Music & Vision

Members of the Kreutzer Quartet believe that chamber music should be both seen and heard; the art being a composite of performance mechanics and interaction between fellow musicians. Since its formation in 1988 the KSQ has become recognized as one of Europe’s most dynamic and eclectic quartets — its acclaimed recordings for Metier, Naxos, Chandos, and Carlton are very largely of modern works. Here on DVD the four string players demonstrate the inner workings of a fully integrated ensemble as exemplified in twentieth century music from composers of Russia, Hungary, Poland and England.

The quartet is the dedicatee of numerous works, and during twenty-four years it has established creative partnerships with composers including Sir Michael Tippett (1905-1998), David Matthews (born 1943), Judith Weir (born 1954) and Hafliði Hallgrímsson (born 1941 in Iceland). The four men value close links with a number of leading American composers — they associated intensively with George Rochberg (1918-2005) in the last few years of his life, as well as working closely alongside Elliott Schwartz (born 1936), and the symphonist Gloria Coates (born 1938). Their collaboration with art galleries has attracted widespread attention and large audiences attend their annual residency at the Tate Gallery, St Ives. In 2008 KSQ appeared at several festivals including the Venice Biennale, and the Montpelier Fes listeners tival. They are also ‘Artists in association’ at York University.

So how do they ‘stack up’ for home viewing/listening?

In the case of Lutoslawski’s quartet, the best-known CD interpreters are La Salle Quartet; Orfeo d’Or — Salzburger Festpieldokumente ( C632041B ); Alban Berg Quartett — EMI 5139742 (three discs) and Kronos Quartet — Nonesuch ( 7559792552 ). The Kreutzers join all three of the above; each one a fine recommendation, with or without visuals. The Lutoslawski Polish work (1964) is arguably the most celebrated example of aleatory composition integrating notated music with chance performance (ie sections left to the determination of its performer/s). Little wonder so few ensembles record this work.

On the subject of Stravinsky’s ‘Three Pieces’ (1914), modern classical music commentator Paul Griffiths notes: ‘for the first time in the history of the genre, [this work] is determinedly not a “string quartet” but a set of pieces to be played by four strings’. The Three Pieces were originally published without titles, but Stravinsky later orchestrated them, adding titles and a fourth piece to create his Four Etudes for Orchestra. Thus the Three Pieces were titled ‘Danse’, ‘Excentrique’ and ‘Cantique’.

In ‘Danse’ each of the four strings appears to do its own thing with startling obstinacy. The relationship between each instrument constantly shifts leaving one curiously uneasy. As its title ‘Excentrique’ aptly implies, the second piece is whimsical, fickle and modernistic with a use of color and scoring found in Stravinsky’s early orchestral writing. The final episode, ‘Cantique’, finds the instruments blending forlornly in a solemn liturgical chorus; a dramatic contrast to the preceding two movements.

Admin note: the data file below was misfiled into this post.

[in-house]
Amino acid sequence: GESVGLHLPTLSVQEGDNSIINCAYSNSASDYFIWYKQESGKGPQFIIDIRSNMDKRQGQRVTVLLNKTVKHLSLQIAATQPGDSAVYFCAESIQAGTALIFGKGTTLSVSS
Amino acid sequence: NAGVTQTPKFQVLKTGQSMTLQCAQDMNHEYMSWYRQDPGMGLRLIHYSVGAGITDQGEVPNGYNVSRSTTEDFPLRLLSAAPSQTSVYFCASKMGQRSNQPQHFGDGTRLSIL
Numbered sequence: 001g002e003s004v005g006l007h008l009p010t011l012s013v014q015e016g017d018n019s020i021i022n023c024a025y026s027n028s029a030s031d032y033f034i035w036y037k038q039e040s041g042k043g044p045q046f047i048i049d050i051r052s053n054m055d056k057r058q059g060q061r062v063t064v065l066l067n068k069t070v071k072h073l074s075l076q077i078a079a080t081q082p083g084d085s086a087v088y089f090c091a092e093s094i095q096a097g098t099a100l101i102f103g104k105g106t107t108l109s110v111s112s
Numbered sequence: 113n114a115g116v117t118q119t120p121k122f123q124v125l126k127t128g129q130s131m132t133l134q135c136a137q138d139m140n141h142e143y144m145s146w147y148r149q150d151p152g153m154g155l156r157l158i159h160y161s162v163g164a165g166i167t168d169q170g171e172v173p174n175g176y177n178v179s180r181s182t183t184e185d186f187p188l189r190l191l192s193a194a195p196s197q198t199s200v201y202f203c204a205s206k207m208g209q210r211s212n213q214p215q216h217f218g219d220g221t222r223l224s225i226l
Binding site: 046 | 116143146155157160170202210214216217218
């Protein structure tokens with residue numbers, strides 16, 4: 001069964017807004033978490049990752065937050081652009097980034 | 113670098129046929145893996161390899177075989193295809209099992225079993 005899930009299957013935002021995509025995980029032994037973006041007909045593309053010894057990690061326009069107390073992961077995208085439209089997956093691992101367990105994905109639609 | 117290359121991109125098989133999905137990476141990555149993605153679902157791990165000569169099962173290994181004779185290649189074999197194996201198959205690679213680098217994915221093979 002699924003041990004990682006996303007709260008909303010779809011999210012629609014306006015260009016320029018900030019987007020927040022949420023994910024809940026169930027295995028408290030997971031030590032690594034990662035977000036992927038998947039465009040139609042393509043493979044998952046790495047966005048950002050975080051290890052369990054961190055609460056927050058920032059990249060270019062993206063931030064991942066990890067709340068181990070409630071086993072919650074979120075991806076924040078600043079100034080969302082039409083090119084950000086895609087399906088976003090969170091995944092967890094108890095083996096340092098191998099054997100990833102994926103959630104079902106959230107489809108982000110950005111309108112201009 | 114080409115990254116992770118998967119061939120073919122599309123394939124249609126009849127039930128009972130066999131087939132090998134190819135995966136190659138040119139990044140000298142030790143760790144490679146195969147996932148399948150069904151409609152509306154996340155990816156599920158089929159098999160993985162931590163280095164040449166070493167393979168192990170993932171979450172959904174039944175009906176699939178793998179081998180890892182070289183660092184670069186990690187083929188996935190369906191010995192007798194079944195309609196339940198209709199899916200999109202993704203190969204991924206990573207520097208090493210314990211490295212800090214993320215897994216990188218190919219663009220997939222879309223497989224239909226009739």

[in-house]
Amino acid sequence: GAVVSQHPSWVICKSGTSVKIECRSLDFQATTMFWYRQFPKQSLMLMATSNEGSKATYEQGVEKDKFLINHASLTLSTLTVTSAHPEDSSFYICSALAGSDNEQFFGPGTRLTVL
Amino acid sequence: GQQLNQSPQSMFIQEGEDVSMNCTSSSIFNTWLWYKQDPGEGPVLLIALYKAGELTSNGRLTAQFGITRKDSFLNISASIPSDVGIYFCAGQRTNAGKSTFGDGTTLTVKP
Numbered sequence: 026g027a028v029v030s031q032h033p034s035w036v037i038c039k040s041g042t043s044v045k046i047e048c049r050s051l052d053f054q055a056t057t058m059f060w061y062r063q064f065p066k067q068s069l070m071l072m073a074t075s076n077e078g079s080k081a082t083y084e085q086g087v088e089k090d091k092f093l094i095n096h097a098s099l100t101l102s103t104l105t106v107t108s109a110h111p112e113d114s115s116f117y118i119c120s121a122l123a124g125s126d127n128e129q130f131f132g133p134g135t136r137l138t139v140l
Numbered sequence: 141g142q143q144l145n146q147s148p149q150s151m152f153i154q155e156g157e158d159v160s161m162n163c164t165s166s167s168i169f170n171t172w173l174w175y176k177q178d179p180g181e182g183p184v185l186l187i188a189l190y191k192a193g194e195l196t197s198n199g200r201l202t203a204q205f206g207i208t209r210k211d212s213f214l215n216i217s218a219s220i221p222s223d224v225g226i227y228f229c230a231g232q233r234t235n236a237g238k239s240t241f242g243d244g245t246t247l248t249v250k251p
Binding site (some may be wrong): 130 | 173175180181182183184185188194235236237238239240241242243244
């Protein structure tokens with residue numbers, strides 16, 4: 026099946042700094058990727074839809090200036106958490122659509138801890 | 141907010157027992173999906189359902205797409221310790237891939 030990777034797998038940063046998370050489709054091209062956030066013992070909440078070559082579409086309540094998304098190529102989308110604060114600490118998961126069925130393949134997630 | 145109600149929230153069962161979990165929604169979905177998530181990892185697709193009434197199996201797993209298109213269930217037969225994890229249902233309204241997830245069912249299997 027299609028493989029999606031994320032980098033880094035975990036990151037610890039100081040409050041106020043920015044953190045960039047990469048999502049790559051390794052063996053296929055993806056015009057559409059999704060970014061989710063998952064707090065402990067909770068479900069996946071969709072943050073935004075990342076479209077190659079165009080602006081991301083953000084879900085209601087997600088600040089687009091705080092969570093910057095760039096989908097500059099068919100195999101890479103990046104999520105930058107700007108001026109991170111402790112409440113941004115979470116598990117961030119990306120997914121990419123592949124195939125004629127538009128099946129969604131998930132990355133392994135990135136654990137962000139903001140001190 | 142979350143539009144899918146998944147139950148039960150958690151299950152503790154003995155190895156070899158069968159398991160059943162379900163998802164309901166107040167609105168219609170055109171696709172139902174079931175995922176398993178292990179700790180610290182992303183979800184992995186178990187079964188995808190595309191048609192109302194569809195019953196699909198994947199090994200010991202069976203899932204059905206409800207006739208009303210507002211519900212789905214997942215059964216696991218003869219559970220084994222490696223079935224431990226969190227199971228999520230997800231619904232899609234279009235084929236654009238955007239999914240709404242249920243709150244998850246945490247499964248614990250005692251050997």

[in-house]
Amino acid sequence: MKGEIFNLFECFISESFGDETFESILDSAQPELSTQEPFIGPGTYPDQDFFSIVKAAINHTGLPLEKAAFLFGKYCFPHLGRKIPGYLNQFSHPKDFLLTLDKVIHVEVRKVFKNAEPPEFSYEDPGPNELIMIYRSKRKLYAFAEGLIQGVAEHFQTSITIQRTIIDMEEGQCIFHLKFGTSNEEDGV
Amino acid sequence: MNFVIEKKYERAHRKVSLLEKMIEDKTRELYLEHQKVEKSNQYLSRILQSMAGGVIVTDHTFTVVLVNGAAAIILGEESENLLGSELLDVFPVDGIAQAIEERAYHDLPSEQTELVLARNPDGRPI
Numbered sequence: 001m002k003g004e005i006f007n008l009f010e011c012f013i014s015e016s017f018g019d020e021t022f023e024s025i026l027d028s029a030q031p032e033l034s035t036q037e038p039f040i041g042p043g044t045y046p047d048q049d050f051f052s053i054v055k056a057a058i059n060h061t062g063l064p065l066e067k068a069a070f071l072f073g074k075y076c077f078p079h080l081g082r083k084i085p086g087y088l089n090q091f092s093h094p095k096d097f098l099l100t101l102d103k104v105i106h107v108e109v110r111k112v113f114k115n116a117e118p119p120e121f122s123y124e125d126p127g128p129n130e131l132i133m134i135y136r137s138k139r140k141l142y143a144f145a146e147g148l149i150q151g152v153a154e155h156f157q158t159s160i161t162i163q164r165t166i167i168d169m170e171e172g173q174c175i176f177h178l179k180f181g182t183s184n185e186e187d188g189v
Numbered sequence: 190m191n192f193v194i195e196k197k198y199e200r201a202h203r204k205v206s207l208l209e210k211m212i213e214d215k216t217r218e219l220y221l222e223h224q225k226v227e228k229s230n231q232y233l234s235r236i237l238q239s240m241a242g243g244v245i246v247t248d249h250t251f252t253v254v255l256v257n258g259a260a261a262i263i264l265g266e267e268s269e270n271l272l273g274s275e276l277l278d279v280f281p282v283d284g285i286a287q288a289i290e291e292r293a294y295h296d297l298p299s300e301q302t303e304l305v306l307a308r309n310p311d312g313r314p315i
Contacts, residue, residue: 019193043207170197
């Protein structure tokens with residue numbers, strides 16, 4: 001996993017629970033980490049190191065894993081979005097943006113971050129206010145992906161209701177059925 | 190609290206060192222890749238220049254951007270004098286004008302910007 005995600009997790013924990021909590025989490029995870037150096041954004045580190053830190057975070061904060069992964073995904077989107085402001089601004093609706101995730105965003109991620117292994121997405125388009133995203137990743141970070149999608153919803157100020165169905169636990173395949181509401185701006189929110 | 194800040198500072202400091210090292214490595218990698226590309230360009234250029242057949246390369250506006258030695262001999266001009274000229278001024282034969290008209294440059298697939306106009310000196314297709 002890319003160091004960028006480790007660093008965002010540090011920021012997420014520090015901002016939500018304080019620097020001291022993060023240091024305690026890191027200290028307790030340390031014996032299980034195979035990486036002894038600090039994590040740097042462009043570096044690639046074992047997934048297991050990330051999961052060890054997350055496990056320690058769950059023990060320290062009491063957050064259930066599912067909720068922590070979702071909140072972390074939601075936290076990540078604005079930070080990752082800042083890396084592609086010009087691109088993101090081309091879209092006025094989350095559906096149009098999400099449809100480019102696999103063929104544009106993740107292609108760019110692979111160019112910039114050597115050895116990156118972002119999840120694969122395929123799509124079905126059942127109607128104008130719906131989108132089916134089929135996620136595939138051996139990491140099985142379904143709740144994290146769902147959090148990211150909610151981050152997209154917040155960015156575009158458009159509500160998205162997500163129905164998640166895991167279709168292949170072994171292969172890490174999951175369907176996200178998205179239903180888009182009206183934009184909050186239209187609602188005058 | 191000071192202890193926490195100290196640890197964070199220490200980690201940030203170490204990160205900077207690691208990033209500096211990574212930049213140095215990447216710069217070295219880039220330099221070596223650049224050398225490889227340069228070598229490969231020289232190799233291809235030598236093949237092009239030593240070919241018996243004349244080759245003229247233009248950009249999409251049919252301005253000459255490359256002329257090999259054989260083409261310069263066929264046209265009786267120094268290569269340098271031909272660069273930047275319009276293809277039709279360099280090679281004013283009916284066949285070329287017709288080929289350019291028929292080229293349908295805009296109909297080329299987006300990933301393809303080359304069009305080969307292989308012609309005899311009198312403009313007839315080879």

The Ligeti work, lasting twenty-one minutes (approx) is dedicated to the LaSalle Quartet who premiered it in Baden-Baden (December 1969). This second string quartet is a major work belonging to a string tradition culminating with Berg and Bartók. The five movements differ one from another, notably in their temporal character. The first is largely broken up, as in ‘Aventures’ (Darmstadt 1962). The lyrical second movement proceeds very slowly, seeming to come from far away. Ligeti’s third movement is a characteristic mechanistic study and his penultimate movement is rapid and menacing: everything that happened before is telescoped. Finally, in marked contrast, the fifth movement spreads itself out. Each movement has a consistent configuration but each time the coloring or viewpoint is changed, so the overall form only really emerges when one listens to all five components in context.

Like the third quartet conceived before its predecessor, Finnissy’s twenty minute second quartet has a classical model; viz Haydn’s Quartet No 53 in D major, Op 64 No 5, The Lark (1790); one of the so-called ‘Tost’ quartets. The Op 64 constitute a second set of six quartets for the violinist Johann Tost, leader of the second violins in Haydn’s Esterháza Orchestra from 1783 until his 1788 departure for Paris. Haydn’s nimble soul appears to permeate the whole of Finnissy’s second quartet.

Regarding the entire DVD we are informed that it is: ‘a valuable and rewarding tool for observing how the players of an ensemble communicate and interact, especially in works like that of Lutoslawski which allow performers a degree of choice.’

After studying Metier’s preamble and the ‘www’ heralding this release, I was left (mistakenly) with the impression that beside the four performances there may be additional explanatory features; some background regarding Stravinsky, Ligeti, Lutoslawski and Finnisy’s sources and intentions — content other than the unadorned creations of 1914, 1964, 1968 and 2006 (Finnissy, age 66). Statements in the sales pitch are self-evident; indeed the observations (above) are surely true of all top quality filmed DVDs of the finest chamber music of modern times.

An apt verdict on the Kreuzter readings is that of veteran music commentator Peter Grahame Woolf. He said of Metier’s DVD: ‘the performances of all this music are riveting, captivating listeners who would normally find engagements with some of it far from easy. Essential purchase.’

The disc is universal-play (region 0) and double-sided PAL / NTSC so should play in any country.

—Howard Smith